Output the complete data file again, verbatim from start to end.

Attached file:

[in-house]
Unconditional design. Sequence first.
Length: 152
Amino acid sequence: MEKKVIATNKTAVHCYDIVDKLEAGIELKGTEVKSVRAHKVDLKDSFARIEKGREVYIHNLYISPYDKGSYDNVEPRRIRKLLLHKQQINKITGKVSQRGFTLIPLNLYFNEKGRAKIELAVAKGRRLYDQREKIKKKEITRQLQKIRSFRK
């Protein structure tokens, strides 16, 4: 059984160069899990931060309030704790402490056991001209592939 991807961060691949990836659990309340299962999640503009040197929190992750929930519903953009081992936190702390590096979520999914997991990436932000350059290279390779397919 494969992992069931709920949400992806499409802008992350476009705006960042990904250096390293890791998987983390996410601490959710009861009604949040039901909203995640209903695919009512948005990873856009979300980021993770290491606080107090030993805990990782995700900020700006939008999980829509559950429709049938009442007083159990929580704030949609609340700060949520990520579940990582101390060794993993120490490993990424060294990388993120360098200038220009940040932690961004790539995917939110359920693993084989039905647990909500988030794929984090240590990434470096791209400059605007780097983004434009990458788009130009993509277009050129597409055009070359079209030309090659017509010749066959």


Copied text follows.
[in-house]
Unconditional design. Sequence first.
Length: 152
Amino acid sequence: MEKKVIATNKTAVHCYDIVDKLEAGIELKGTEVKSVRAHKVDLKDSFARIEKGREVYIHNLYISPYDKGSYDNVEPRRIRKLLLHKQQINKITGKVSQRGFTLIPLNLYFNEKGRAKIELAVAKGRRLYDQREKIKKKEITRQLQKIRSFRK
């Protein structure tokens, strides 16, 4: 059984160069899990931060309030704790402490056991001209592939 991807961060691949990836659990309340299962999640503009040197929190992750929930519903953009081992936190702390590096979520999914997991990436932000350059290279390779397919 494969992992069931709920949400992806499409802008992350476009705006960042990904250096390293890791998987983390996410601490959710009861009604949040039901909203995640209903695919009512948005990873856009979300980021993770290491606080107090030993805990990782995700900020700006939008999980829509559950429709049938009442007083159990929580704030949609609340700060949520990520579940990582101390060794993993120490490993990424060294990388993120360098200038220009940040932690961004790539995917939110359920693993084989039905647990909500988030794929984090240590990434470096791209400059605007780097983004434009990458788009130009993509277009050129597409055009070359079209030309090659017509010749066959």